#7: The Pedestal became a Stage

Without doing any research I went to Dordrecht to see Huis van Gijn. I expected a very old museum with old paintings of old people.
When I got there I was surprised to see a beautiful house that had turned itself into a museum.
A museum full of different objects, some collected, others part of the original inventory.

We (as in the group of five artists) first looked around after a quick talk in the garden. While walking around and looking at the exhibition and the way of exhibiting, I started to look more closely into the more unnoticed things. For instance the sensors for the lights, sound and alarm.
It felt weird to investigate the space. My state of being as a spectating visitor ended after I had seen the whole exhibition. Normally you would leave after that. It felt like I was doing something wrong.


We returned to the garden for drinks. Everybody talked about the experiences and what we could do as a group. My ideas were not ready. I erased everything I had in mind. There were only questions regarding what could be a good performance in a space that has so many rules. And what the minimum of a performance would be. The decision of being there for a long time with five Artists was maybe enough.

In one of the performances we occupied different spaces with the little stools from the museum. Something happened that we did not plan. By sitting in the space without any focus on the work present we ignored the function of each room. We were just there. Sometimes we met because we switched from room to room. When three of us met in the room full of dollhouses it felt like we changed the space a little. We added a function with our quiet gathering.

Our stay became more and more an invasion during the day. The guards were getting confused (we were already using their first names when we talked with them). And visitors started to ask questions or left the rooms very quickly when we were there. It was nice to use the museum. It has a perfect setup.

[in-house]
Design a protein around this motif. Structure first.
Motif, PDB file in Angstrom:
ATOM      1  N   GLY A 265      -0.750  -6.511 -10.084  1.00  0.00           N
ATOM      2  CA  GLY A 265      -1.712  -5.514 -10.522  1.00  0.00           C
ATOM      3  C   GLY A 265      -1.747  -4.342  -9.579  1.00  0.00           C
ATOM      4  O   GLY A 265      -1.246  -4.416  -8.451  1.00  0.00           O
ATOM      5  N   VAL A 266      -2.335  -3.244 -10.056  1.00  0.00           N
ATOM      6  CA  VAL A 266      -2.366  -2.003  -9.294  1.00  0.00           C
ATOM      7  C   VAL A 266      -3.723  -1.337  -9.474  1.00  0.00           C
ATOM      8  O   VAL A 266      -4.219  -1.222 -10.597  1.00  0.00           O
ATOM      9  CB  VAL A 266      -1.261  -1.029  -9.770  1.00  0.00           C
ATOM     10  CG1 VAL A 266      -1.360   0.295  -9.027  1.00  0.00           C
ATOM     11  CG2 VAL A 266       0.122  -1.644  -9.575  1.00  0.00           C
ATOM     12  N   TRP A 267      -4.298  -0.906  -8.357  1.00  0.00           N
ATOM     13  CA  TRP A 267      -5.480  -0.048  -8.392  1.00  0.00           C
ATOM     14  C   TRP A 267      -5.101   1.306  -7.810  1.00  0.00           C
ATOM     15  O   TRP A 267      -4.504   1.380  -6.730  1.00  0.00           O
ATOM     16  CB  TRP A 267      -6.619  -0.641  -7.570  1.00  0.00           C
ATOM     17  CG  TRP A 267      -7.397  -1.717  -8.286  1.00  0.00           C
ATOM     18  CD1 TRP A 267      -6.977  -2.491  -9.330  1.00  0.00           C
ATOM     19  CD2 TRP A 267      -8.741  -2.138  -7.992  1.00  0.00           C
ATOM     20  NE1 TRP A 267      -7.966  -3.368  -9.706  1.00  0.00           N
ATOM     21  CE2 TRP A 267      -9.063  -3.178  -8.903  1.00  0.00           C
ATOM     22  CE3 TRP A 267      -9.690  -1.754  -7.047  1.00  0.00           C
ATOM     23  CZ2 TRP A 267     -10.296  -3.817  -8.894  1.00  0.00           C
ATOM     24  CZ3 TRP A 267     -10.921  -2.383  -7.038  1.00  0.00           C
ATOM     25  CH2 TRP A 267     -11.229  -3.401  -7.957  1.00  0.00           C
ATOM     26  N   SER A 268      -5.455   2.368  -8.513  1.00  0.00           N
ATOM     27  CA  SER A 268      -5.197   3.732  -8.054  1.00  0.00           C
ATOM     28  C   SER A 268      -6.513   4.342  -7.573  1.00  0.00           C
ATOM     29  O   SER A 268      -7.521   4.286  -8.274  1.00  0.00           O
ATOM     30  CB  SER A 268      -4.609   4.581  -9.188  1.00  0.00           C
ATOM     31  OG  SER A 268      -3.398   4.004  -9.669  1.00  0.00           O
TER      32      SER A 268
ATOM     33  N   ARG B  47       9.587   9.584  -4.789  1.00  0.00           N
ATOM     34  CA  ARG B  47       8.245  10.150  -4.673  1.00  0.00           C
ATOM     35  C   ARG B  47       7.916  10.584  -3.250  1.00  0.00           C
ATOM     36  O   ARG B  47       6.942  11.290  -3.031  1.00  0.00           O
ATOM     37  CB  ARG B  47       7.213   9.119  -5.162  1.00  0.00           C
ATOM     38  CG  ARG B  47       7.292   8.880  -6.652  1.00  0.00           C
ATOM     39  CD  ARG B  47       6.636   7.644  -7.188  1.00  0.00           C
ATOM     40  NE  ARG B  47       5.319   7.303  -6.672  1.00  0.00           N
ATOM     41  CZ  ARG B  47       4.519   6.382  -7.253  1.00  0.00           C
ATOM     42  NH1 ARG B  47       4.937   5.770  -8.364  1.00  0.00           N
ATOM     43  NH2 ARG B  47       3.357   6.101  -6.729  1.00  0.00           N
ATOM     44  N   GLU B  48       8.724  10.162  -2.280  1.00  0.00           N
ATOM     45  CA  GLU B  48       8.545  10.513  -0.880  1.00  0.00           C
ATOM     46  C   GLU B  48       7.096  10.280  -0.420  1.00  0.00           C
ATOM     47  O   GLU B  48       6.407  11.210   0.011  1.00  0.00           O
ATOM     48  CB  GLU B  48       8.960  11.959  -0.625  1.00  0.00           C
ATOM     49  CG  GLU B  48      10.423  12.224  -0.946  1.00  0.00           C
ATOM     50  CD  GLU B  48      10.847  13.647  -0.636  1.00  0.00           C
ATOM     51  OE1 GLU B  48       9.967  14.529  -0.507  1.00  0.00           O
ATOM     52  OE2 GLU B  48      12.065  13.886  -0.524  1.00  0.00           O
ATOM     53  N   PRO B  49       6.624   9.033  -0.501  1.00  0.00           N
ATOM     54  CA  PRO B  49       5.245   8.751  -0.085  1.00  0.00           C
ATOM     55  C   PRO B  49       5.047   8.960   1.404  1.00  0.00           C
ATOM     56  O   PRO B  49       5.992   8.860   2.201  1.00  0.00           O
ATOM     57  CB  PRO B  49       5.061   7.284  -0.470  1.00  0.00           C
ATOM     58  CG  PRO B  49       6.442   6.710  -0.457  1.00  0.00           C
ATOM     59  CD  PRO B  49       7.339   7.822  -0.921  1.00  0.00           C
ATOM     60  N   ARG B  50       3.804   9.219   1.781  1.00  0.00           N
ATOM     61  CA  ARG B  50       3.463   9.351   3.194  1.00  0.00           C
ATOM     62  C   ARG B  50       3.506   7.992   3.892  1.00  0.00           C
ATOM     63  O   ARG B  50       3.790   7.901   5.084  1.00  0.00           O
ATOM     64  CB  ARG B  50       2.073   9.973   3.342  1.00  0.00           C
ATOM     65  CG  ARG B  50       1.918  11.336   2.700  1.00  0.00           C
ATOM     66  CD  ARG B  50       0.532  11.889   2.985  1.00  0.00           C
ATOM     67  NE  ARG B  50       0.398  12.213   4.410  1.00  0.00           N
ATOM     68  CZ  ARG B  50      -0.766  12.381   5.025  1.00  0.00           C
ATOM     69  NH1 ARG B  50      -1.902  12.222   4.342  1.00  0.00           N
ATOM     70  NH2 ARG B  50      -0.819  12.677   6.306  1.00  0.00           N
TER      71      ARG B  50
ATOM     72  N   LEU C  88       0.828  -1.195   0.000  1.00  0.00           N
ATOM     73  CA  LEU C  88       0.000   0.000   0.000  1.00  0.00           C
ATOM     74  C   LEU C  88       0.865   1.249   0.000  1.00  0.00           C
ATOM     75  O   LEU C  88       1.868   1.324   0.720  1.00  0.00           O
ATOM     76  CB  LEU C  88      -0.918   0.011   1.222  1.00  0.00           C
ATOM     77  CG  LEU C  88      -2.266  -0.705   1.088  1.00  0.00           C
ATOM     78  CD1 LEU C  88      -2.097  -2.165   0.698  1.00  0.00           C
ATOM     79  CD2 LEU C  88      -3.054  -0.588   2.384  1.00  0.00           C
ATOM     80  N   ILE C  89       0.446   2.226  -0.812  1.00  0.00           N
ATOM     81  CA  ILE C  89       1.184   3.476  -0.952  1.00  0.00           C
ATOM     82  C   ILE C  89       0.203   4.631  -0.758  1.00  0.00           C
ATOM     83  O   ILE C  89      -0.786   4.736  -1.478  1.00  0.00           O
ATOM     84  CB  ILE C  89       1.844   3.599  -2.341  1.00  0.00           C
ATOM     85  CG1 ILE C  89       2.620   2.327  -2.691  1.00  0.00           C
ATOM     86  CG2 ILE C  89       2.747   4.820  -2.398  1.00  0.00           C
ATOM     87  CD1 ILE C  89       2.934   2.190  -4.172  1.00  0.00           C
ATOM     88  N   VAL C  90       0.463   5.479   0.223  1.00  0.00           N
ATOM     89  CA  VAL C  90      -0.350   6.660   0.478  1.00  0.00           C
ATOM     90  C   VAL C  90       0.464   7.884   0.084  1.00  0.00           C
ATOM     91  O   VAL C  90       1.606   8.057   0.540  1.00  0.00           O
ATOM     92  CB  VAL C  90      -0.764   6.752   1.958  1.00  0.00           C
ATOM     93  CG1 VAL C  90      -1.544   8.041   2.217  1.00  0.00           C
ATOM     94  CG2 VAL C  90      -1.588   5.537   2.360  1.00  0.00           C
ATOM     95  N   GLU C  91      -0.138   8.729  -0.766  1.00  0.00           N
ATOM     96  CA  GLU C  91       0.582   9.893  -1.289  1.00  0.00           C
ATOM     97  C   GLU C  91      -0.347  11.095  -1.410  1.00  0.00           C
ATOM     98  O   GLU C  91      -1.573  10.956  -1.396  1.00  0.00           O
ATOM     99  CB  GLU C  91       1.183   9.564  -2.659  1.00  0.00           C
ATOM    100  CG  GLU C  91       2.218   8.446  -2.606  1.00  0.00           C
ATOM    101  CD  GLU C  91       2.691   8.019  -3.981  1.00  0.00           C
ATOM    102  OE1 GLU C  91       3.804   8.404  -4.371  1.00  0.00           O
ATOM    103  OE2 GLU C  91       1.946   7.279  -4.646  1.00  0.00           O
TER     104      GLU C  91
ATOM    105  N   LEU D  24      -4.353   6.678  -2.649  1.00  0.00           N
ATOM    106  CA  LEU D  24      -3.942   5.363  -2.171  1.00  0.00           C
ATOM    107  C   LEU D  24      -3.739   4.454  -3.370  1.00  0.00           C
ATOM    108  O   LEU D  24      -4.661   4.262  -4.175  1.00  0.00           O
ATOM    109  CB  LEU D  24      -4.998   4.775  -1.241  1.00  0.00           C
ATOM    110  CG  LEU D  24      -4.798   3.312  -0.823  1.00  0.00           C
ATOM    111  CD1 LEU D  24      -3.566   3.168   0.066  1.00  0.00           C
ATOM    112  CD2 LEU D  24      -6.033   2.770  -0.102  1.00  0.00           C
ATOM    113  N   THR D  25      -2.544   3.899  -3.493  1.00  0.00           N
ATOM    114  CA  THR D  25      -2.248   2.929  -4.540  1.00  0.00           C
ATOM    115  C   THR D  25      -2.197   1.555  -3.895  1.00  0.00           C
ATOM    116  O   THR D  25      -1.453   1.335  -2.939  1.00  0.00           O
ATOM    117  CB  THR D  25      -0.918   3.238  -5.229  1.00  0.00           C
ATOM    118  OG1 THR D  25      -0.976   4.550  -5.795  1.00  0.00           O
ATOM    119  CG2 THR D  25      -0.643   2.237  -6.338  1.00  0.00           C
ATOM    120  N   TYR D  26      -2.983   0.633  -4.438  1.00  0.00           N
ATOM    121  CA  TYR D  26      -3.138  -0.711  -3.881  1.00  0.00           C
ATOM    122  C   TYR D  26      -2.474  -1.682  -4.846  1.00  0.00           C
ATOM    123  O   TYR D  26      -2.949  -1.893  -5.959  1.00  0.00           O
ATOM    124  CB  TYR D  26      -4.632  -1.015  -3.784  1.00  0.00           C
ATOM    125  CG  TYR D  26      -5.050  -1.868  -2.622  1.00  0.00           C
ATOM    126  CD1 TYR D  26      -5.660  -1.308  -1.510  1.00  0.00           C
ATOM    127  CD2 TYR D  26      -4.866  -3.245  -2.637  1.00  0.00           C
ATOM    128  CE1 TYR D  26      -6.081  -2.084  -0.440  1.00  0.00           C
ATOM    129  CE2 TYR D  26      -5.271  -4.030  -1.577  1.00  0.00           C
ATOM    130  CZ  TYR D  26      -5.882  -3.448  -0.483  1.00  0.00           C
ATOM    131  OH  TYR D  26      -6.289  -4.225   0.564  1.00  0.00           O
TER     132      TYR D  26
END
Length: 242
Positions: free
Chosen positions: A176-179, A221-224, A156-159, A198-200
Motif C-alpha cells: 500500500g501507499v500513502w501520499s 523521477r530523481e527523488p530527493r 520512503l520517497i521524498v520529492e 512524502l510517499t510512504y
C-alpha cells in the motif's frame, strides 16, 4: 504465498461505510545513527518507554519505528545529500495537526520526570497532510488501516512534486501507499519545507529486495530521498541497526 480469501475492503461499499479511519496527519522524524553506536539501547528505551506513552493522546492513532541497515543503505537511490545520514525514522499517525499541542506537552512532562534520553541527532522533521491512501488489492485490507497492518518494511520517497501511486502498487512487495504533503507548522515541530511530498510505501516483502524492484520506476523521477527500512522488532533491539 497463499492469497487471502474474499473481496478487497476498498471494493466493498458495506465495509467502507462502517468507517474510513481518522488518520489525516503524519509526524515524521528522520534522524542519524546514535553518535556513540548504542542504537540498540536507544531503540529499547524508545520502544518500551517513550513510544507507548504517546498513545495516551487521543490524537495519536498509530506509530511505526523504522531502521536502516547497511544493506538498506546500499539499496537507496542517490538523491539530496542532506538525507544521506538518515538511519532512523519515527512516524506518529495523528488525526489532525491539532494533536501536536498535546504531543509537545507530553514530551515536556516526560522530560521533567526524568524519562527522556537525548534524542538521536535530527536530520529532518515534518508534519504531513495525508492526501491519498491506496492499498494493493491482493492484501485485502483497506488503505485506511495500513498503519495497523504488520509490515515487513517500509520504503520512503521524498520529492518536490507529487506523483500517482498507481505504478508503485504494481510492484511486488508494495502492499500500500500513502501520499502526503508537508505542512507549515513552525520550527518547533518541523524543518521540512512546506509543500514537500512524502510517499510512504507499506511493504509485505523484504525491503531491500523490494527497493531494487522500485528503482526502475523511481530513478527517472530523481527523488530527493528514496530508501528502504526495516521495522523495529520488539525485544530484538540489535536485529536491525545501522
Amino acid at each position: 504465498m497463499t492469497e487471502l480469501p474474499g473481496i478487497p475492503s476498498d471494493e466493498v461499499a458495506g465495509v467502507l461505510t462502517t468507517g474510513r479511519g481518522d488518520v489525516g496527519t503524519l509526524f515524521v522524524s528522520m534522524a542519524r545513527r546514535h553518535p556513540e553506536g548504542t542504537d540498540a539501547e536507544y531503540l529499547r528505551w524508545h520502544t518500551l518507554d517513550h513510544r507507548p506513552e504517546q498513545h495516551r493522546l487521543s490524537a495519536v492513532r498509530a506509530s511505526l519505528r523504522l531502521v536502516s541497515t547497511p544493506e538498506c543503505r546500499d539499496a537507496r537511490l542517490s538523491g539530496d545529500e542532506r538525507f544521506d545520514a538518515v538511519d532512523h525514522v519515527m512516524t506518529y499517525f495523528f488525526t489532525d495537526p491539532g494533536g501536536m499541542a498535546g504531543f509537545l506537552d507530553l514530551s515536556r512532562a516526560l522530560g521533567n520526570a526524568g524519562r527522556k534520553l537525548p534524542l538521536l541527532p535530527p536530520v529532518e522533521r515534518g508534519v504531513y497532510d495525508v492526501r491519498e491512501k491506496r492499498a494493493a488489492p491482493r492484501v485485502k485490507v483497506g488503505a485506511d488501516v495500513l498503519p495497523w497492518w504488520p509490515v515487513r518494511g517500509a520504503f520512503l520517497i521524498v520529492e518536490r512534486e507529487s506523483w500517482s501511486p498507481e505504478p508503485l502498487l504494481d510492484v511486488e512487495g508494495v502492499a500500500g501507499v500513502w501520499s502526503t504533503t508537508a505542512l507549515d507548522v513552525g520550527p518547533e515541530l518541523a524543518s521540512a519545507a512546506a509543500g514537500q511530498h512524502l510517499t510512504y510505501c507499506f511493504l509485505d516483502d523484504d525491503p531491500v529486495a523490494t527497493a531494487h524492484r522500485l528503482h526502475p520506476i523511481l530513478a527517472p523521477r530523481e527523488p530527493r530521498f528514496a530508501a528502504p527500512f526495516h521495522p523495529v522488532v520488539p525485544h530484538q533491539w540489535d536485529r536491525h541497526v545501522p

photo’s © KB


#7: The employees and Us

Meeting the employees
Starting my expedition, I first noticed the modern additions in the museum. Chicken wire, fire extinguishers, air humidifiers, plastic food, etc. I asked one of the guards about the humidifier and he told me why this machine was there. This was my first encounter with the employees.

Walking aroung in the house, I noticed every floor had a differend guard. Gijs and I met another guard on the first floor, she told us about her experiences with the ‘haunting house’ and the fact that her colleagues didn’t believe her. I got interested in the staff and during our lunch meeting, we decided to get to know them and gain some more information. Every aspect in the Huis Van Gijn is collected and disclosed. The family Van Gijn, the housekeepers, the carpets, the collection of books, vessels and ceramics, the dinnerparty’s. So why isn’t anything about the current situation visible?

Not everybody felt that comfortable with the perspective of chit-chatting, but Gijs, Karina and I were enthusiastic en eager for acquaintance. Not on a stalking / bigdata kind of way, but we started conversations in a sincere manner. Just to chat a bit. We gathered the information we got about Bahar, Jacqueline, Kees (all guards) and Charlies (from the coffeebar) on the chalkboard in the childern’s corner.

A few visitors came to take a closer look to our activities. We involved them in designing the board and included their names and hobby’s in it. The young girls started to draw and we had a fun conversation.

After this, we concluded the drawing with a notion that this all is part of The Parallel Show. When we left, with the inevitable chatter with the staff, we noticed our visit din’t stay unnoticed.

Nice to meet you!

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Let yourself be amused
One of the most striking sentences I came across was about mrs. Van Gijn in one of the movies about the family’s life. At a party, she had nothing more to do than talk about literature, travelling, art and ‘to let others amuse her’. This statement suggested a passive attitude, and I see certain similarities with visiting a museum as a tourist. It’s a place for pastime, where you’re searching for something to amuse you.

By chance I carried a book from Michel Houellebecq, which I had lent from Gijs and wanted to give back. The title is ‘Atomised’, a so-called nihilistic classic, suitable for intellectual conversations about literature. I proposed to read this out to eachother in the childern’s corner. We also used this book as a startingpoint for the conversation in the ballroom.